Quantitative mapping of elements in a lava sample provides insights into the kinetics of explosively-erupting magmatic systems
As magmas ascend from depth towards the surface they undergo decompression and cooling, the former being responsible for the release of dissolved volatiles in the form of volcanic gases; all three factors induce crystals to form. The speed at which magma travels towards the surface affects the rate of crystallisation, and as such, the study of the textures of explosively erupted lavas can reveal quantitative information about magmatic ascent rates and crystallisation history.
Muir and co-workers from the University of Bristol present a novel method of analysing lava microtextures. They harness a powerful new technique (EDS element mapping) whereby a rock sample is bombarded with electrons. Sample interaction with electrons produces a variety of emissions, some of which are X-rays with wavelengths characteristic to the elemental composition of the target. The combination of different elements translates into an energy spectrum which is analysed to determine the abundance of specific elements. This is repeated many thousands of times over a small area to build up a ‘map’ for each element, where the intensity of colour is proportional to the elemental concentration. Individual mineral phases can be identified and isolated; calculations are then performed to obtain the relative proportions, sizes and distributions of glass, minerals and bubbles.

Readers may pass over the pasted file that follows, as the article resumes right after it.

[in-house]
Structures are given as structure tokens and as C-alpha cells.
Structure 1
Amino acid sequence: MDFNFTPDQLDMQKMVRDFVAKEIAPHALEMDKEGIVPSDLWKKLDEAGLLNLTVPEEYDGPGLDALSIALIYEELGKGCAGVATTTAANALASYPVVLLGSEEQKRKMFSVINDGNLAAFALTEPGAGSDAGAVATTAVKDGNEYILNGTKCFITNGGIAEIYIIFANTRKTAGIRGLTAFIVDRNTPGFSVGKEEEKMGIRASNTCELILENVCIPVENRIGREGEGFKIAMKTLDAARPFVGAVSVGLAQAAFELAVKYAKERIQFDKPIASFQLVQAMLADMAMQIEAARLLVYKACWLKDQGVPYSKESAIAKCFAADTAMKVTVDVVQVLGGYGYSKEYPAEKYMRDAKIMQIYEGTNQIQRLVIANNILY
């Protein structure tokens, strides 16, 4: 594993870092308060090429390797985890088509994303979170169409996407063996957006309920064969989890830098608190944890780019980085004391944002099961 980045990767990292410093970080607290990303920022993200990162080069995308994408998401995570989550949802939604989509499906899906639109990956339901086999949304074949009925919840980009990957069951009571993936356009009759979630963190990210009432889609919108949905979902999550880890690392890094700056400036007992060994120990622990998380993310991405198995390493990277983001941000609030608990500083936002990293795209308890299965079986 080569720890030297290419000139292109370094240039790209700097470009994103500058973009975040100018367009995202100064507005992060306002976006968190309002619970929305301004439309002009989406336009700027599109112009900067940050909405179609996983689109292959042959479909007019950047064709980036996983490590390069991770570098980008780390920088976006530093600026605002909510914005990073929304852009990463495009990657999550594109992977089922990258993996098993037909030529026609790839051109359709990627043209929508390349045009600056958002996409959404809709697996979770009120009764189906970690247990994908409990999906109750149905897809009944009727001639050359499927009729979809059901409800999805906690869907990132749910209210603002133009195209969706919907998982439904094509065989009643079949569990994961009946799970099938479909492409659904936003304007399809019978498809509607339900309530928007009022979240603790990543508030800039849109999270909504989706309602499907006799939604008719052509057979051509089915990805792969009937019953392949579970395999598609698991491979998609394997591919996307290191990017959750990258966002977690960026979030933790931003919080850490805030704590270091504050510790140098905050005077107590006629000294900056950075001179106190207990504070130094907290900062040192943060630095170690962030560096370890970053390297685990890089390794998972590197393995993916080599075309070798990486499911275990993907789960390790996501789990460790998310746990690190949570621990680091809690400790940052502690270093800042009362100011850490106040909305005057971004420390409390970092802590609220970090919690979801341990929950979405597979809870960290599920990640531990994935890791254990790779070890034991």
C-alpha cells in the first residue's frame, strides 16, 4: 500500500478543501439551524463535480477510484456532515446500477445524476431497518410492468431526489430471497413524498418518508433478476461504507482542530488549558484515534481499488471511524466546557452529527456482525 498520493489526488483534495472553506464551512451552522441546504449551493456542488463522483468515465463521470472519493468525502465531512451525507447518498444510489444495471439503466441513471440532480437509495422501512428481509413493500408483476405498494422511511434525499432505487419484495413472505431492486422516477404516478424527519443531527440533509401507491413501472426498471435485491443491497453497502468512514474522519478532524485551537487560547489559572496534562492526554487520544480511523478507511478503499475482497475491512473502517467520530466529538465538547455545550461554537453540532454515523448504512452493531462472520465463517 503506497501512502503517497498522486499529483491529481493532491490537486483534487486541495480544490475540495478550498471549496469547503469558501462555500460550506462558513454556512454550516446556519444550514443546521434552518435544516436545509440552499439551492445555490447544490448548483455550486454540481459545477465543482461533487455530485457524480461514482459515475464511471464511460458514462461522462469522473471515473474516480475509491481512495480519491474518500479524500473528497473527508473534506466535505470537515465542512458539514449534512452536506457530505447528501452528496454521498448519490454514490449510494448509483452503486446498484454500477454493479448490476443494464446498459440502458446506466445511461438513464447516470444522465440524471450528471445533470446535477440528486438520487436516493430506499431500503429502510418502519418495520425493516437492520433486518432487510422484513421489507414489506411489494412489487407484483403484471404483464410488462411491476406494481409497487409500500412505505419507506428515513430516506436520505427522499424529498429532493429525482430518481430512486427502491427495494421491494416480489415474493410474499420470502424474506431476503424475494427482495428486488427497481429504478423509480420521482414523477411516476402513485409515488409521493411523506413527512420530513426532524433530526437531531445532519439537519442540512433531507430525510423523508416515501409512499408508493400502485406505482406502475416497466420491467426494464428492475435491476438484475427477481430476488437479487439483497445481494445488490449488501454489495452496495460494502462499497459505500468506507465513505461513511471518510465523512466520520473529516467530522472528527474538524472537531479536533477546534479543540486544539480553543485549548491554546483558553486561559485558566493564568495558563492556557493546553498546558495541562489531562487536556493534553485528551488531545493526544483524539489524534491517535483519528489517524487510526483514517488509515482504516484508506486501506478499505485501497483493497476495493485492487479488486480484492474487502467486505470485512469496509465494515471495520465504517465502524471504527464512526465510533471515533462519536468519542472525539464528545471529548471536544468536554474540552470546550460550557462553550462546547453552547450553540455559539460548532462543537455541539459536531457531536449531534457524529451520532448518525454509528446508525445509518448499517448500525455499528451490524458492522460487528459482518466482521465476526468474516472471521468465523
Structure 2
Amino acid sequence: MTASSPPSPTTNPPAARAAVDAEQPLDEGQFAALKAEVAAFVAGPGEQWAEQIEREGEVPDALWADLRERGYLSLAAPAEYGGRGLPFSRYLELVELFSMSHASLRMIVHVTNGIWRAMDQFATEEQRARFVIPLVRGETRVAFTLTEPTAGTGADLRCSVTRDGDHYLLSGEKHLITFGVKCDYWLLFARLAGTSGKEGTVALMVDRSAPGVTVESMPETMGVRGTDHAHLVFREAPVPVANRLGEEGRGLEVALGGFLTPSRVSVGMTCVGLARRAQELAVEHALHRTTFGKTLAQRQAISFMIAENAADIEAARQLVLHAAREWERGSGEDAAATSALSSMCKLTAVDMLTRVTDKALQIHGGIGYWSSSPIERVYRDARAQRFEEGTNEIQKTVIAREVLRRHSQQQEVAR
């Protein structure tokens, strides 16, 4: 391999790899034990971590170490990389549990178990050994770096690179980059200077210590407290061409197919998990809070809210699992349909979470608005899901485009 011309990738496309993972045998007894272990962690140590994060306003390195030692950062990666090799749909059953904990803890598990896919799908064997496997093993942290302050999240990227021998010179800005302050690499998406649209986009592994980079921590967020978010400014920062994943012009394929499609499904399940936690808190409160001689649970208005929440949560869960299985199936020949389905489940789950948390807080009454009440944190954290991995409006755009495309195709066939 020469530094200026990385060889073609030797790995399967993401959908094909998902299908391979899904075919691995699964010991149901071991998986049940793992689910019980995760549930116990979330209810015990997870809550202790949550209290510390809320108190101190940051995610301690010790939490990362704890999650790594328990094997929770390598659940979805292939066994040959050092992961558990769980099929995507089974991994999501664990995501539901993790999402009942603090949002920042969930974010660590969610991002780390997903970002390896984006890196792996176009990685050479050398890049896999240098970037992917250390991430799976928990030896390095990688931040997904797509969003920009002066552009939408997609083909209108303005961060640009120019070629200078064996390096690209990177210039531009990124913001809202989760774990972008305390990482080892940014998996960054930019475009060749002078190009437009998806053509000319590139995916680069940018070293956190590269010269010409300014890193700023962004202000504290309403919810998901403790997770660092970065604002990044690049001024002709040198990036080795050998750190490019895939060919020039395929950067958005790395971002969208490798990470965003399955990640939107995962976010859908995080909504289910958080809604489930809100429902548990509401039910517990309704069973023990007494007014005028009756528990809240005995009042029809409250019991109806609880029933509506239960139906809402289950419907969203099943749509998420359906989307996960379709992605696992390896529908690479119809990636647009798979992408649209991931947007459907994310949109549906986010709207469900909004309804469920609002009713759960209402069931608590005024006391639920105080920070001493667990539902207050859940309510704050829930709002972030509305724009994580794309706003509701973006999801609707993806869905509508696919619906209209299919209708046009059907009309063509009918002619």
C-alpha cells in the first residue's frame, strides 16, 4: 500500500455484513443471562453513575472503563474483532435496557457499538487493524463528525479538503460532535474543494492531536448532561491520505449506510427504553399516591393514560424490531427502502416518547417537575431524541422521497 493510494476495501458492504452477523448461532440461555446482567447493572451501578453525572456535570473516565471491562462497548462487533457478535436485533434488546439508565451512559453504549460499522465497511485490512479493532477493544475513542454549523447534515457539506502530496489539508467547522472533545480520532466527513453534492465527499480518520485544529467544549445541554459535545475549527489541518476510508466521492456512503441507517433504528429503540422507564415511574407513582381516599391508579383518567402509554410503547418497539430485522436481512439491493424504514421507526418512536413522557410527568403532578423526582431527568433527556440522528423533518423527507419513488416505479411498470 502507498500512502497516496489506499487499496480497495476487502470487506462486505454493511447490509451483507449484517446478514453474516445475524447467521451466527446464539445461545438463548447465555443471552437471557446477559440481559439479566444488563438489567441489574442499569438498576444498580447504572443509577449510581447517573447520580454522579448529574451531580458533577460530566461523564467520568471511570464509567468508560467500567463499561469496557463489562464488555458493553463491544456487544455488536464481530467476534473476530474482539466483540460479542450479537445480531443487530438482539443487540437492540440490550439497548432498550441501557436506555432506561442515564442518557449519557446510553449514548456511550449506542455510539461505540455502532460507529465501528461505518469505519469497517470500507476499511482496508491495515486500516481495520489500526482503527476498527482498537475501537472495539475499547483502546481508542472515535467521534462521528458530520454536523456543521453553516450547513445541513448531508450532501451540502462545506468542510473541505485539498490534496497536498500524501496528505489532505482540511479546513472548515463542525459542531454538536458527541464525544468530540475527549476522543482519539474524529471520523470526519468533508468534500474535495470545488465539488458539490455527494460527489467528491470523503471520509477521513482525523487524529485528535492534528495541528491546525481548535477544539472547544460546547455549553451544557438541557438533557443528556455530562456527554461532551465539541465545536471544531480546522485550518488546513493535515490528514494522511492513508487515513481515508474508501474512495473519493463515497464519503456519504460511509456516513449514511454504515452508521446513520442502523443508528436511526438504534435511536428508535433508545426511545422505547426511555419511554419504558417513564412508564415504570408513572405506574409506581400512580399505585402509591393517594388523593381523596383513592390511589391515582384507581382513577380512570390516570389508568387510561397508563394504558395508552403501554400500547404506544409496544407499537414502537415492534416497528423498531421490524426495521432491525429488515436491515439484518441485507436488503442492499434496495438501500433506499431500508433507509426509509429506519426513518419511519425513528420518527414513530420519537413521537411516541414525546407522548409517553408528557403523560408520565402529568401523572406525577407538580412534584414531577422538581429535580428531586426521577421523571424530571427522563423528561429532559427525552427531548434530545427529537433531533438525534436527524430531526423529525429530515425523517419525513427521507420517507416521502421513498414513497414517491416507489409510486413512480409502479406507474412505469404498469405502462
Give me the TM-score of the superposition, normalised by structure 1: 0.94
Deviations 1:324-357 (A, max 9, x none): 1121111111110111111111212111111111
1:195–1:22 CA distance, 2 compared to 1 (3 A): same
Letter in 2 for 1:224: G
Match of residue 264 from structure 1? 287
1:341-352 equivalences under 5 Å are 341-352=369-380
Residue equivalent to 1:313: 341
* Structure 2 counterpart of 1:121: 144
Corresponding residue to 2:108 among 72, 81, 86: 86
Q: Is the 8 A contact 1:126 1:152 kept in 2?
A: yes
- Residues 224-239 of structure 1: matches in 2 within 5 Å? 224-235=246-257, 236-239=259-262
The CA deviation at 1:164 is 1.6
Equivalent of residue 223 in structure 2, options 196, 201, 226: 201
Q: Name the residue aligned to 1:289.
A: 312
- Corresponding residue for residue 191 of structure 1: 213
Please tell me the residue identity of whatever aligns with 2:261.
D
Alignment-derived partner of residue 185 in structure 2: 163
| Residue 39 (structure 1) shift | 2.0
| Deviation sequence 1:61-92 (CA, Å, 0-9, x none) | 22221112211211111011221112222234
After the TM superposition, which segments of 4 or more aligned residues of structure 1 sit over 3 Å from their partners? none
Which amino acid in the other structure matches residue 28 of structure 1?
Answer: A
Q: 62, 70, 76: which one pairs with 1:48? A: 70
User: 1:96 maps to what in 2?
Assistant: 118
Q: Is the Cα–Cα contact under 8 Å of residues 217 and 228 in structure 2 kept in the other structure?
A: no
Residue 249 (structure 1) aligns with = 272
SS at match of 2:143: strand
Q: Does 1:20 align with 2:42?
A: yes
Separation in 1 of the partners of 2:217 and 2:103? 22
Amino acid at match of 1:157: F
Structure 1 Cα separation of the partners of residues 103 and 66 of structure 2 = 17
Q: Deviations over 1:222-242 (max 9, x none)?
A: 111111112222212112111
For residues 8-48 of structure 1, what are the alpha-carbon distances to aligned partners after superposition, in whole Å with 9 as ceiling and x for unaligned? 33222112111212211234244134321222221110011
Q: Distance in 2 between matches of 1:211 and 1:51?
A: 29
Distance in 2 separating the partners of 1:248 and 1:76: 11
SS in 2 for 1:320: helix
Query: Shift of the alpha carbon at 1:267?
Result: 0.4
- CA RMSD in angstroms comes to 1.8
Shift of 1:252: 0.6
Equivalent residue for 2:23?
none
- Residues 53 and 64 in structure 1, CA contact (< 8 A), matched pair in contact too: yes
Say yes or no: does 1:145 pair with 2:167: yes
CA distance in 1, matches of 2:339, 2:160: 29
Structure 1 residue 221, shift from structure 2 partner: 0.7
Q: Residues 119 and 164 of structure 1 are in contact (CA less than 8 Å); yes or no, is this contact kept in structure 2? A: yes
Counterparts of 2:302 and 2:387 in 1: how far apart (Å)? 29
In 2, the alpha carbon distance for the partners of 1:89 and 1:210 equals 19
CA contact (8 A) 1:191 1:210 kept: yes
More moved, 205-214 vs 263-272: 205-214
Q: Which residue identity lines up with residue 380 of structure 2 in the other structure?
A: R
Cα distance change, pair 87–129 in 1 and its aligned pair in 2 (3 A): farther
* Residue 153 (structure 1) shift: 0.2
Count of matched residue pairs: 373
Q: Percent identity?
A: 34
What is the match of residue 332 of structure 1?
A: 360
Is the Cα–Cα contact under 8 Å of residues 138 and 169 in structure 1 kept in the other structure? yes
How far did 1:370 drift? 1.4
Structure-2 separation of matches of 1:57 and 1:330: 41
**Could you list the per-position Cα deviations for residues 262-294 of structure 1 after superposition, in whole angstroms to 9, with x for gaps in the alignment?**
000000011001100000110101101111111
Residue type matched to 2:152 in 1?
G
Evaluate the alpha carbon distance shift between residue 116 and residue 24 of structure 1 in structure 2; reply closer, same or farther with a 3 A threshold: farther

The technique of EDS element mapping is applied to lavas from Mt St Helens erupted bewteen 1980 – 1986. The observed trends in microtextures are similar to those previously published, with groundmass crystallinity displaying a sharp increase after the catastrophic eruption in the summer of 1980, before increasing more gradually during the next dome-building phase of activity.
EDS element mapping presents significant advantages over the previous method of manually extracting data from greyscale backscattered electron images through faster data processing, reduction in operator time and accurate identification of all textural components. The authors also highlight the potential for coupling of this technique with developing technologies, such as field emission gun (FEG) sources, which would radically reduce acquisition time and enable better spatial resolution at small crystal sizes.
Muir, DD, Blundy, JD & Rust, AC 2012, ‘Multiphase petrography of volcanic rocks using element maps: a method applied to Mount St. Helens, 1980–2005′ Bulletin of Volcanology. http://dx.doi.org/10.1007/s00445-012-0586-0